Introduction to Comic Book Writing will begin a new session on February 1, 2017.
Taught by writer, editor, and Comics Experience founder Andy Schmidt, Introduction to Comic Book Writing has earned its popularity by helping hundreds of alums begin to make comics – whether for fun, professional development, or to launch a career.
Graduates of the course include working comics pros like Paul Allor (TET, Marvel Universe Guardians of the Galaxy), Amy Chu (writer, Poison Ivy: Cycle of Life and Death) Bobby Curnow (editor, IDW Publishing), and Nick Spencer (writer, Morning Glories). Our course page offers more testimonials from former students on how the course has helped them develop as writers and professionals.
Andy conducts the course with a methodical series of lessons and hands-on exercises to help you learn skills specific to the comics medium. By the end of the session, you’ll have completed a polished comic script, ready to give to a publisher or artist. You’ll also also gain the confidence and practical knowledge to use toward the next steps in your writing goals.
We asked Andy some questions about how he approaches the course, and what students can look forward to learning.
Comics Experience: What excites you the most about the Intro to Writing course?
Andy Schmidt: I love connecting with newer writers. I’ve been asked if I want to pass off the Intro course and I would just teach the more advanced courses. We could go that route, but I just think it’s so important to lay down a rock solid foundation, and I enjoy getting to know writers and watch them become the creators they want to be. So while I’m super passionate about storytelling and the craft, I just love working with the newer students so much; that’s why I keep doing it and can’t stop.
CE: How did you develop the curriculum?
AS: All of the Comics Experience courses were developed under the same basic idea: Is this a course that I wish had existed when I was trying to break into comics? If the answer is yes, then we move forward. I work in real-world applications and stay current with industry standards and trends. And I developed a methodology that can be applied to any project going forward. So basically, I developed something that would have helped me when I didn’t know how to write comics and break into the comics industry.
CE: What are some of your proudest moments from the course?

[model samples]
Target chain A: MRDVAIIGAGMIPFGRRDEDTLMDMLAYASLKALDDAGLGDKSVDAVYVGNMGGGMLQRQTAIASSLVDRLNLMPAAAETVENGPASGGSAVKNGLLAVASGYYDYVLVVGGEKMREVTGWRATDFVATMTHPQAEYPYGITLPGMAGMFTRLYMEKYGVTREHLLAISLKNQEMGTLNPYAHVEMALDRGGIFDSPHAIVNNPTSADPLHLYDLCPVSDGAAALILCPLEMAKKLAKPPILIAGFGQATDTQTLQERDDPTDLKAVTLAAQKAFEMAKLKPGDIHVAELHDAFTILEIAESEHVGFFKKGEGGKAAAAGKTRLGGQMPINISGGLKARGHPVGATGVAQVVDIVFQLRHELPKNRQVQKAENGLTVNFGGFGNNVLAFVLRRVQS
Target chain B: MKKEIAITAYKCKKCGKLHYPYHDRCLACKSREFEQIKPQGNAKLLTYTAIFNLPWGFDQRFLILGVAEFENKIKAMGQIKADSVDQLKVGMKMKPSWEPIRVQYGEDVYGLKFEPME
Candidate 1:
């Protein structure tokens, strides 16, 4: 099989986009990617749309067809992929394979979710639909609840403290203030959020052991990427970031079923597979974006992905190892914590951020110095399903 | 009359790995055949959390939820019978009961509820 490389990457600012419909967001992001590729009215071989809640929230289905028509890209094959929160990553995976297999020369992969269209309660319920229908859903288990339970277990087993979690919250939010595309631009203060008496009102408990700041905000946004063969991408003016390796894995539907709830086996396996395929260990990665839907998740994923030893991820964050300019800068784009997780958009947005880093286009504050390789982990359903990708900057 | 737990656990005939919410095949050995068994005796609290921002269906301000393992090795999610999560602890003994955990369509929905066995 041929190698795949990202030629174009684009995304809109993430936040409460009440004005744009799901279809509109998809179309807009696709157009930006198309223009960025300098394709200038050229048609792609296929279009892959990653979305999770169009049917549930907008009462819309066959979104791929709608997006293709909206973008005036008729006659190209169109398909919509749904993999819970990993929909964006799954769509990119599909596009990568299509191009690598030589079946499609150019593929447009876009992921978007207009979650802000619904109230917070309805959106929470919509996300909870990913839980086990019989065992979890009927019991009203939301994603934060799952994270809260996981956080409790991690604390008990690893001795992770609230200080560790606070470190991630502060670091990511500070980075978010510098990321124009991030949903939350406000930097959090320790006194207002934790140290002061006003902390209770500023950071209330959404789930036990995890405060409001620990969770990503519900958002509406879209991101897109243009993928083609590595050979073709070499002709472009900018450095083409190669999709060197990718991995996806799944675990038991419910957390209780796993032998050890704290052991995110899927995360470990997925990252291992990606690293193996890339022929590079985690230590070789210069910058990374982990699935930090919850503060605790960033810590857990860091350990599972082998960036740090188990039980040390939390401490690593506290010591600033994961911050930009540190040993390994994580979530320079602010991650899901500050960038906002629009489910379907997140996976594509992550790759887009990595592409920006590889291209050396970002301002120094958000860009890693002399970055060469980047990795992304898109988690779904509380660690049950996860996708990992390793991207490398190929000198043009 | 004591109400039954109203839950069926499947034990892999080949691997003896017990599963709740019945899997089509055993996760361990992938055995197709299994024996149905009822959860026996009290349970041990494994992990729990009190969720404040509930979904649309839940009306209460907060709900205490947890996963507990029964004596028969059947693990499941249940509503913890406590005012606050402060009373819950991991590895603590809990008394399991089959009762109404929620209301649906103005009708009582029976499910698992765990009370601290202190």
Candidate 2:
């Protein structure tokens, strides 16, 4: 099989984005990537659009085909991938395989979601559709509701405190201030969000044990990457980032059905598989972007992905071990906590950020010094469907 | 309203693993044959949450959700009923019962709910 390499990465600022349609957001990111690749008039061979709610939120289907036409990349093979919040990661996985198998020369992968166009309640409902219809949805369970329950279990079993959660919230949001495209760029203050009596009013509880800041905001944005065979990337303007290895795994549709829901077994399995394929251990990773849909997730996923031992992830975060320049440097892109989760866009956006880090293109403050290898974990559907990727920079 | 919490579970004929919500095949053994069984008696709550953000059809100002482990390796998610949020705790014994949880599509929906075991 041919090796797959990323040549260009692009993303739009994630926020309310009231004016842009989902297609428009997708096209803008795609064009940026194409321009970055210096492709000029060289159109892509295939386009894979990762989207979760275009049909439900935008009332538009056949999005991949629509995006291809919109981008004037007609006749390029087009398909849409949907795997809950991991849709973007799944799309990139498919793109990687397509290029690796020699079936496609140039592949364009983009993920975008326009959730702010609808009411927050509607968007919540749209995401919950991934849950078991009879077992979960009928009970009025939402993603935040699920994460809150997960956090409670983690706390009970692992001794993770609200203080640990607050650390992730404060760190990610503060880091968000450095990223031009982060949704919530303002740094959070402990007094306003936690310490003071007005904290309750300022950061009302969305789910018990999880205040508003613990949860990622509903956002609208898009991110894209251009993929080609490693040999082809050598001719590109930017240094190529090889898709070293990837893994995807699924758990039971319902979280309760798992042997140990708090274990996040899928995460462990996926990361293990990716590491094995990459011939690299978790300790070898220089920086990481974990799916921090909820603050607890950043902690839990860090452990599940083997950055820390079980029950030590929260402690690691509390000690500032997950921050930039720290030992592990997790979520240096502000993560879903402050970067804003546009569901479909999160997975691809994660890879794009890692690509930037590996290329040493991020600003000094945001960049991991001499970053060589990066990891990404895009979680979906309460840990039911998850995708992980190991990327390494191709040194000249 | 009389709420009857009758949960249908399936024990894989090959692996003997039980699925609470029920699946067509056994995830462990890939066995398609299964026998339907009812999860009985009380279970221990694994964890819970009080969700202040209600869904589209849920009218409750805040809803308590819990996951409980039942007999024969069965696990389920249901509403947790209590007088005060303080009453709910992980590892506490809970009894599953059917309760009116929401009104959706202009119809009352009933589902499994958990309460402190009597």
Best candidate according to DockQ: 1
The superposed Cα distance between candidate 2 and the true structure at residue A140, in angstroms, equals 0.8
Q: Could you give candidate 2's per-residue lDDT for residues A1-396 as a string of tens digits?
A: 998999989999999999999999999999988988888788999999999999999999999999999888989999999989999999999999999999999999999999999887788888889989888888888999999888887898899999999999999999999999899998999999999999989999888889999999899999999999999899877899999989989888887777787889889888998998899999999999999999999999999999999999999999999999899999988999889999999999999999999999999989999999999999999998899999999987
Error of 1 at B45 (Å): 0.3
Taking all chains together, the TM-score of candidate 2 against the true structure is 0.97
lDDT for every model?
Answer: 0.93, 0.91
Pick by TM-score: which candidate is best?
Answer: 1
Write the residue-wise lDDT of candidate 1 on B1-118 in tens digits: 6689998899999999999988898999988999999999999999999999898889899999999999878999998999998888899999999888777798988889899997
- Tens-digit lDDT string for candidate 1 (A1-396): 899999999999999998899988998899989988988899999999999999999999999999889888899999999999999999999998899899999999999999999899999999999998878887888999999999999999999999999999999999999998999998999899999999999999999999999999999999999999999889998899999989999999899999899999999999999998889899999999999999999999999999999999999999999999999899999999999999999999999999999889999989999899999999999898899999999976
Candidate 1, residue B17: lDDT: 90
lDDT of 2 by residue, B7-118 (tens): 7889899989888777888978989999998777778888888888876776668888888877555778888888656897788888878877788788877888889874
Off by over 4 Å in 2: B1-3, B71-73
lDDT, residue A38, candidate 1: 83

AS: My favorite thing is when I can see that “ah-ha” moment in one of the students. It’s that moment where something really big clicks into place and they make a real breakthrough in how they approach storytelling or comics storytelling. It’s just awesome when that happens, and it happens a lot. So any time that happens, I get totally fired up.
Another great thing for me is when students go onto to achieve success — and that’s something that each individual has to define for him or herself. It’s not my job to tell someone what they should or should not try to achieve. But several of my students are working professionally as comics writers now, some under exclusive contracts with major publishers, many have written successful creator-owned series, and a host of others have published their own comics and brought them to market. That is just so inspiring when I go to conventions or get emails and students or alumni are making comics happen. It’s just awesome. And now when I go to comics conventions, I’m going from booth to booth or table to table and I see so many students living out their comics dreams and to know that either myself or Comics Experience has some part in that playing out is wonderful.
CE: What advice do you have for those hoping to take your class?
AS: Jump in! It doesn’t matter your experience level. I teach to the needs and levels of every student. You won’t start if you don’t start. It sounds redundant, but for many people, the hardest thing is taking that first step. And honestly, it’s hard work. So get started! You’ll get there, but you’ve got to get started.
CE: What do you hope students will get out of your class?
AS: Like I said above, I don’t set long-term goals for my students. I ask what they want to do ultimately in comics. But what students come away with is a couple of things. 1. A methodology that they can apply to any script they’re going to write going forward. 2. A working knowledge of the comics industry and 3. A full comic script that they can be proud of. And all that adds up to a sense of pride in their own accomplishments from the course.
Intro to Comic Book Writing sells out quickly, so enroll now to guarantee your spot. Course size is limited to keep the class atmosphere personalized, friendly and fun!
Visit our course page for full details, and to sign up now.
Introduction to Comic Book Writing starts February 1, 2017!
Posted by Meredith Nudo